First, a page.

There is a luminous pip on the balance end (tail end) of the second hand, which is white. The whole rear section of the second hand is painted black, contrasting the front, main end which is all white.
Under the 12 o’clock marker it states ‘Seiko Automatic’, and just above the 6 o’clock marker it states ‘Diver’s 200m’ in a light red colour, where the word ‘diver’s’ could only be used if the watch complies with the ISO 6425 standard.
The Seiko SKX009 is powered by a workhorse Seiko 7s26 movement which is automatic, and features a Day-Date calendar display.
This movement is used in multiple other Seiko’s, and while not the most accurate (+-15 seconds a day), it is incredibly robust and durable. The 7s26 movement utilises Seiko’s magic lever system, which winds the watch whether the rotor swings clockwise or anti-clockwise.
I have read online that people have had their Seikos with 7s26 movements and worn them for over 15 years with no service and they’re still running fine!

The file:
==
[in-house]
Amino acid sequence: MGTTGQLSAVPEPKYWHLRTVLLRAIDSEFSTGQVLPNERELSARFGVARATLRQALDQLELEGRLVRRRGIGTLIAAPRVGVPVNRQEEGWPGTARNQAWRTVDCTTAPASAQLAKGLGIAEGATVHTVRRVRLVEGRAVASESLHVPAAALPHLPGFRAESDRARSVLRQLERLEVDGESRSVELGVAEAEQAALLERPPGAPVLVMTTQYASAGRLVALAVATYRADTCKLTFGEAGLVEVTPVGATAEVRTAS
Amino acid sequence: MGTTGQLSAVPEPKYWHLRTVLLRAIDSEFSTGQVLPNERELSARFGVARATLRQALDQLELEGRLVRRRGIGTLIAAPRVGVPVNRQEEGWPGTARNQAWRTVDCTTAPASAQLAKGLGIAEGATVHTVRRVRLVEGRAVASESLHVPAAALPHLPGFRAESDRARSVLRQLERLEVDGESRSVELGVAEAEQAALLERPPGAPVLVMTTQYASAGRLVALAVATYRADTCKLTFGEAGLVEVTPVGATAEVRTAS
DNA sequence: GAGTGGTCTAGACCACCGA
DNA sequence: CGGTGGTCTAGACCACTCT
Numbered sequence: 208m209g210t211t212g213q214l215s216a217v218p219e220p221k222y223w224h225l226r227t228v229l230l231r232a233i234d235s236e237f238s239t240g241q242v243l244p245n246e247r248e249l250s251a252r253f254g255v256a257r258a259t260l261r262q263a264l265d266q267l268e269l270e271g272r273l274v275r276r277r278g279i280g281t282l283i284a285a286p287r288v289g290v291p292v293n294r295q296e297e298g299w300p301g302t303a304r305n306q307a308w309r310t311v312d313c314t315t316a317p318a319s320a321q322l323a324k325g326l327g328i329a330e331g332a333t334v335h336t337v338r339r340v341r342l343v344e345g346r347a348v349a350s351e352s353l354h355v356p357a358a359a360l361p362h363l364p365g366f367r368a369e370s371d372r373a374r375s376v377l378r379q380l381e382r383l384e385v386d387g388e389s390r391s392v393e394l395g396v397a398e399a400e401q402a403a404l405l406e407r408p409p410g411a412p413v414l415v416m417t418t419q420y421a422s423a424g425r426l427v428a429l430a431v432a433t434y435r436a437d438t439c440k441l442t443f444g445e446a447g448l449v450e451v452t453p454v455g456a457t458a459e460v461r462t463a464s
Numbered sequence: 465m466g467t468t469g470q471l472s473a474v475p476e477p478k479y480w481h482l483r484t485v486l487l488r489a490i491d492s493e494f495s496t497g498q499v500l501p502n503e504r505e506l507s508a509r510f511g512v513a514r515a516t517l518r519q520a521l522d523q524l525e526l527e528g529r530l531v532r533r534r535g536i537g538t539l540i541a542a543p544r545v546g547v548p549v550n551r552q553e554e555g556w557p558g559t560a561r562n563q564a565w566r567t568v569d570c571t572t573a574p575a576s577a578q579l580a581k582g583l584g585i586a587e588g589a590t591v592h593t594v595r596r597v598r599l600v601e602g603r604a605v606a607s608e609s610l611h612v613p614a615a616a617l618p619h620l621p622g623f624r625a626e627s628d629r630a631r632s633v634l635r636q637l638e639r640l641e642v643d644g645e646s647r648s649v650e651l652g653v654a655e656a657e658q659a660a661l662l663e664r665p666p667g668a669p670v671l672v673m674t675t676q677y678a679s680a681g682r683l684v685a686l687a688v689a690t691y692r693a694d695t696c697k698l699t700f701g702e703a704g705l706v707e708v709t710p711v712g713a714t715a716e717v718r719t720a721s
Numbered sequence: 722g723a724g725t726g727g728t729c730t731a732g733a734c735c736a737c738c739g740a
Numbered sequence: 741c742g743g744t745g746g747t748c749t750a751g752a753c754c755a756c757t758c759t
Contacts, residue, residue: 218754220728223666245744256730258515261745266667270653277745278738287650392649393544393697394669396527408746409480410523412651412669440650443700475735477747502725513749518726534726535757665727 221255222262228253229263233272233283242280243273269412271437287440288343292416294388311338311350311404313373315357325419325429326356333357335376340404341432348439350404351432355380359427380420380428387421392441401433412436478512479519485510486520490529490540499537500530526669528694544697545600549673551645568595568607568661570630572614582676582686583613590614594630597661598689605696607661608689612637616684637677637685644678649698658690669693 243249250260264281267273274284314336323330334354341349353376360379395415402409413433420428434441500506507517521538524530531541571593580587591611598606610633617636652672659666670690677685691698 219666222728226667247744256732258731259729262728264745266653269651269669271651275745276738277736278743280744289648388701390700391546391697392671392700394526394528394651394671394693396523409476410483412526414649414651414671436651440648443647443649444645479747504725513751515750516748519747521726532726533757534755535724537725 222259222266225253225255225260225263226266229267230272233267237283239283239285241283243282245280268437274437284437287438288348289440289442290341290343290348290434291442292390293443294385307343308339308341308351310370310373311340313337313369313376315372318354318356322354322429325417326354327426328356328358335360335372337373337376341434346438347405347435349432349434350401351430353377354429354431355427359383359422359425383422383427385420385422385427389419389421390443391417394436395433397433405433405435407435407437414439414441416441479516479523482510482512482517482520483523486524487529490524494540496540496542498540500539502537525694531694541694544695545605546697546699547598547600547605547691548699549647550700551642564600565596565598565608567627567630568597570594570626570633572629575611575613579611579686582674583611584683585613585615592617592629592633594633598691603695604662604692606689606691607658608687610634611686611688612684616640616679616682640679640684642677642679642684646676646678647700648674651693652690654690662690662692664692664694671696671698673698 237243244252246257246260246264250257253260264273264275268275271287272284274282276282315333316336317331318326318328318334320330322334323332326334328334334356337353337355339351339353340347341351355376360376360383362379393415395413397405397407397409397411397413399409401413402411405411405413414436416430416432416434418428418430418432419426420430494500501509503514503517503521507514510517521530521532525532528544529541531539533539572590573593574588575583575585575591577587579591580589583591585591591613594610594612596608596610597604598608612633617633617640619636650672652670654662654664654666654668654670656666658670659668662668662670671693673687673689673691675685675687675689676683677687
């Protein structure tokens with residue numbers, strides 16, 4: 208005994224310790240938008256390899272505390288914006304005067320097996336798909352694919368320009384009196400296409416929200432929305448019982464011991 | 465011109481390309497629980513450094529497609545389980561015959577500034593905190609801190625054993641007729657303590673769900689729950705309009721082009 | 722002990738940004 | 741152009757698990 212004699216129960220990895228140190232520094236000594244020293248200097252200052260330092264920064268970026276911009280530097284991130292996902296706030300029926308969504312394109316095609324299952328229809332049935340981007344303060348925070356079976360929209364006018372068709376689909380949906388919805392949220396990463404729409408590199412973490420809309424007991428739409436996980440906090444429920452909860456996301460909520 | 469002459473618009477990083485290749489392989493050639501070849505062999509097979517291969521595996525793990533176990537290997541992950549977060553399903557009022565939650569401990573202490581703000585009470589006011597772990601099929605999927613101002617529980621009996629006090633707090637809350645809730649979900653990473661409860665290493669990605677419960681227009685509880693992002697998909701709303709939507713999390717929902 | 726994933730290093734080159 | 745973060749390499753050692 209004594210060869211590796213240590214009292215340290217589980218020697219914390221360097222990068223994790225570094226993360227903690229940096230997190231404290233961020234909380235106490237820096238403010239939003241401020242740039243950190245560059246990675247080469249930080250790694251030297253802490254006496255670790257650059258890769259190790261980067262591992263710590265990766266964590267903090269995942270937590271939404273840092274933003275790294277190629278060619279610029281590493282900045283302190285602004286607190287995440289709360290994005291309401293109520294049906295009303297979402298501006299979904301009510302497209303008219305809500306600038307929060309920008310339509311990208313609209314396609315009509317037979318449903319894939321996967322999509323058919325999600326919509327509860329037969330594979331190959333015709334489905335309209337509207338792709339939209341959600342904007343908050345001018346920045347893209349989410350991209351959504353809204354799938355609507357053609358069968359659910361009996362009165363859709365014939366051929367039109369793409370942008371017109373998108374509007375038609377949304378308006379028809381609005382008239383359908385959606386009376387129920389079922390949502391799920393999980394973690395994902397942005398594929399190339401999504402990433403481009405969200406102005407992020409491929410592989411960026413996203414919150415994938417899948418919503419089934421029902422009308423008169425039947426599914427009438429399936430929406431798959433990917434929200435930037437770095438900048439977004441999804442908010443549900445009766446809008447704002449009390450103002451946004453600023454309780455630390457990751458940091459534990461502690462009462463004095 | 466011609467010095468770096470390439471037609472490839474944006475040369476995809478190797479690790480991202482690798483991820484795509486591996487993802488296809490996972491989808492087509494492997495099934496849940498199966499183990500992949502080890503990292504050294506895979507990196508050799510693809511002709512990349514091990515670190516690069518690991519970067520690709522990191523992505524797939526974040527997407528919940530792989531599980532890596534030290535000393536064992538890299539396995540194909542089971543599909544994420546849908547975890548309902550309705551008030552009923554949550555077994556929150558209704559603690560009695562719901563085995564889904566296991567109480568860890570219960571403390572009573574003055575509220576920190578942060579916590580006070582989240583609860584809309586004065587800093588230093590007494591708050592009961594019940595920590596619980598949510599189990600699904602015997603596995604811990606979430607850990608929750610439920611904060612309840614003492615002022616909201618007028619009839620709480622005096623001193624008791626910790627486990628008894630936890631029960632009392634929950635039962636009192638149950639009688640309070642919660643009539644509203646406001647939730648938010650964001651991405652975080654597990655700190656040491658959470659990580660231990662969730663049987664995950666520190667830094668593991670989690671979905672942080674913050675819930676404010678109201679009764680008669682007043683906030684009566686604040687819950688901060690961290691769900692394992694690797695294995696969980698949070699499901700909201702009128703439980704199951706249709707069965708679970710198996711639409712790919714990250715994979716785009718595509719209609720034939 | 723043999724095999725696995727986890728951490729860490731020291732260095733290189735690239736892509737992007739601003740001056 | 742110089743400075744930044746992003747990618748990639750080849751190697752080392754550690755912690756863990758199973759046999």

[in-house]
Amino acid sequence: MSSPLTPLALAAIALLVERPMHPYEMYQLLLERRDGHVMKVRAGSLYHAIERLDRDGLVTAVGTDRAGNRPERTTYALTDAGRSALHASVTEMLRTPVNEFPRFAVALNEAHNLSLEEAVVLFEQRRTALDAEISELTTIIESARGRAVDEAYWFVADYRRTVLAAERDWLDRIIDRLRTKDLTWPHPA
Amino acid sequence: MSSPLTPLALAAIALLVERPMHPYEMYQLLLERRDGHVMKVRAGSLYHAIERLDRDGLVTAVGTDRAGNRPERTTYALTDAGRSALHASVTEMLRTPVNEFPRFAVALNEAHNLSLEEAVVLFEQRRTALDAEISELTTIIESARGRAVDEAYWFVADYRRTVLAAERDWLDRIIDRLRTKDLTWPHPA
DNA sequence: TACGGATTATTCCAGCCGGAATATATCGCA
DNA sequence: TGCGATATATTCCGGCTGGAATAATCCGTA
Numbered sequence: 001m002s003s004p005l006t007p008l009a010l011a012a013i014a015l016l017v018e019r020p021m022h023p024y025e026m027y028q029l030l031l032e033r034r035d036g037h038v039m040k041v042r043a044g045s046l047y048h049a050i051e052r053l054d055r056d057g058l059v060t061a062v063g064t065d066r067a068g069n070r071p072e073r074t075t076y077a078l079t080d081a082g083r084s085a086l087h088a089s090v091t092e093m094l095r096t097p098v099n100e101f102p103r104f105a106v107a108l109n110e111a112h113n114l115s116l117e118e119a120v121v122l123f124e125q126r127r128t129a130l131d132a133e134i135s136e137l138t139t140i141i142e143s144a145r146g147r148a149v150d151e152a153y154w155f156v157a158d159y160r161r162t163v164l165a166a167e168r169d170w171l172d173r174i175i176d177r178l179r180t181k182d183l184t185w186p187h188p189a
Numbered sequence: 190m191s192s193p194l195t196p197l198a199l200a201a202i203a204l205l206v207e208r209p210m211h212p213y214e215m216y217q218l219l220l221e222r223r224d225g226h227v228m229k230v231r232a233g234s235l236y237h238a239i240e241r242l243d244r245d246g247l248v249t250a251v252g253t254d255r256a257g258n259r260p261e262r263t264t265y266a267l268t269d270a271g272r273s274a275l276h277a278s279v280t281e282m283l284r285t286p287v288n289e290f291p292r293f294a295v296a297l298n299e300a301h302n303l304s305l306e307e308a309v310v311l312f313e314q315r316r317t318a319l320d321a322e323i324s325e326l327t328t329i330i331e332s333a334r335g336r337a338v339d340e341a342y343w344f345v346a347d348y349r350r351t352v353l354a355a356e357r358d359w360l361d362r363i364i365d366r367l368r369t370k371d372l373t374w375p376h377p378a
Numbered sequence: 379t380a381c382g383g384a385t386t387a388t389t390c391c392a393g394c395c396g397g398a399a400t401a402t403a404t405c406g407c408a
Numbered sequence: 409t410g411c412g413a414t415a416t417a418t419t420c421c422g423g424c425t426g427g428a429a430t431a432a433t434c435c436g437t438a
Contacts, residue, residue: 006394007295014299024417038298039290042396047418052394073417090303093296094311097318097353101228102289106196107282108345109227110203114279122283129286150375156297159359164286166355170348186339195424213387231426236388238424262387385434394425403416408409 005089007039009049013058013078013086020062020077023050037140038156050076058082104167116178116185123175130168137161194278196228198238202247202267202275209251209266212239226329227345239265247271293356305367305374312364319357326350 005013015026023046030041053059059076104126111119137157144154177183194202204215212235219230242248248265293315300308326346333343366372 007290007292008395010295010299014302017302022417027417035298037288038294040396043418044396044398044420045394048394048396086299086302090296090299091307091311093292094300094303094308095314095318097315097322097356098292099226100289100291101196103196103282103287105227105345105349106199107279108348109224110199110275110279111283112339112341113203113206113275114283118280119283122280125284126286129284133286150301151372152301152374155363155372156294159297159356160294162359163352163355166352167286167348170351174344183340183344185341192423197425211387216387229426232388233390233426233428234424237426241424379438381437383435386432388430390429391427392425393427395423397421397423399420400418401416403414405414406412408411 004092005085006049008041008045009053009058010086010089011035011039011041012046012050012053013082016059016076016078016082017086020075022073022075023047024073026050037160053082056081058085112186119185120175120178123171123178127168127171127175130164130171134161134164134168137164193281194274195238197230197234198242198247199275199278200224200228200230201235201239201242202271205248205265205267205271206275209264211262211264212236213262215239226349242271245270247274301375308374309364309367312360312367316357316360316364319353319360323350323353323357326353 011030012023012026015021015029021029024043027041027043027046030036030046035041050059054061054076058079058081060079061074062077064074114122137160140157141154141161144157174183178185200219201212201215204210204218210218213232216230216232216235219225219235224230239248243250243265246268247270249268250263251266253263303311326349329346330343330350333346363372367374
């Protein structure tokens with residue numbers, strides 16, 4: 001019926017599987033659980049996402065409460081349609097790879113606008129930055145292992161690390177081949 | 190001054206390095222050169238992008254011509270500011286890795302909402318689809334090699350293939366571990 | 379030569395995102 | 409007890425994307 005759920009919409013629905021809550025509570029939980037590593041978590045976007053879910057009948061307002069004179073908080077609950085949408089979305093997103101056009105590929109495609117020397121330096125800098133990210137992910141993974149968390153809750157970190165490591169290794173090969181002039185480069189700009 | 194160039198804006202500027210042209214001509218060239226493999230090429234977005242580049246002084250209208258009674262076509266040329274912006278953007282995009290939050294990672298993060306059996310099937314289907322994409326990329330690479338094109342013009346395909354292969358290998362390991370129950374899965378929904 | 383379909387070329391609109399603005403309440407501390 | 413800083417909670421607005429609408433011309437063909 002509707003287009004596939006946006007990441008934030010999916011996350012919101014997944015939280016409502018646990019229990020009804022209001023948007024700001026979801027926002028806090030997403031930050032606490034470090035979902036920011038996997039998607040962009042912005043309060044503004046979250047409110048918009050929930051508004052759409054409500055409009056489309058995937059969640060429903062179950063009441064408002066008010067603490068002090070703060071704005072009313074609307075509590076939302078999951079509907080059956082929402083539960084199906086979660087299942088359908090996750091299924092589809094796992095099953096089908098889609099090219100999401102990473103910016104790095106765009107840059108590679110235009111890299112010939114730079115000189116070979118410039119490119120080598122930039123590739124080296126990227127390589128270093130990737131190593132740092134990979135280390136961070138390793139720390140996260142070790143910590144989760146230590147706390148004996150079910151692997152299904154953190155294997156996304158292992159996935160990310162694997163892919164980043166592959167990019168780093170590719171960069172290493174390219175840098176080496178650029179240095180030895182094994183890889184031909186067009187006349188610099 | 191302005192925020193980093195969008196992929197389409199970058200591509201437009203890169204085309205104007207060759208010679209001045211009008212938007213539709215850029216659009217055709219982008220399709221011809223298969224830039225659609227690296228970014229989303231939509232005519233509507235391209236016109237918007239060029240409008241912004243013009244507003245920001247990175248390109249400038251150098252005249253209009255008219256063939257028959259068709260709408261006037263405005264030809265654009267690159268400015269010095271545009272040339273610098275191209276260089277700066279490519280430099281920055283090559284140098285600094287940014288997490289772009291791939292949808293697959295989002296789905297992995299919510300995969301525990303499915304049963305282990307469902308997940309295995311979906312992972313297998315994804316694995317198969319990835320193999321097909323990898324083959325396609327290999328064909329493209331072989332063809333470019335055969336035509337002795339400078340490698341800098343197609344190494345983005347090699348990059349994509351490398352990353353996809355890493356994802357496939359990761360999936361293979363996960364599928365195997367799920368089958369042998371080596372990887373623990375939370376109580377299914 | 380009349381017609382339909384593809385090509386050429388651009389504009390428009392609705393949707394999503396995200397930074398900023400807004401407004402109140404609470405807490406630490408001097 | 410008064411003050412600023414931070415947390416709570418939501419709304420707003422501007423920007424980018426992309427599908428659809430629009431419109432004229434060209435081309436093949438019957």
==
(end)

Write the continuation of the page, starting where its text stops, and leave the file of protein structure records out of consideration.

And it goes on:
You should, of course, never do this, but it just goes to show just how good the movement really is!
Overall, I really like the Seiko SKX009, and it has become my daily wear ‘beater watch’. It has surpassed my expectations in so many ways, and it still dazzles me to this day how they could put so much into such a low price point.
Having said that, there are also some negative points about this watch, so I have outlined the Pros and Cons here:
- Simple yet functional design
- Vintage look inspired by 60s Seiko Divers
- 4 o’clock crown
- Seiko’s amazing 7s26 movement
- ISO 6425 Compliant
- Interesting History
- Extremely Robust and Durable
- Wears great on a NATO strap
- Stock jubilee bracelet isn’t great
- No hand winding feature on the movement
- Accuracy isn’t amazing
It is definitely safe to say that the pros hugely outweigh the cons, and this definitely is one I would recommend!
Where to Buy
The best place I have found to get the Seiko SKX009, which is where I got the one featured in this review!
Here is the best deal on Amazon.com (US)! Buy Seiko SKX009 Amazon.com
You can buy this watch on Amazon.co.uk by clicking here, that is where I got mine.
I hope you enjoyed this review of one of my all time favourites, the Seiko SKX009!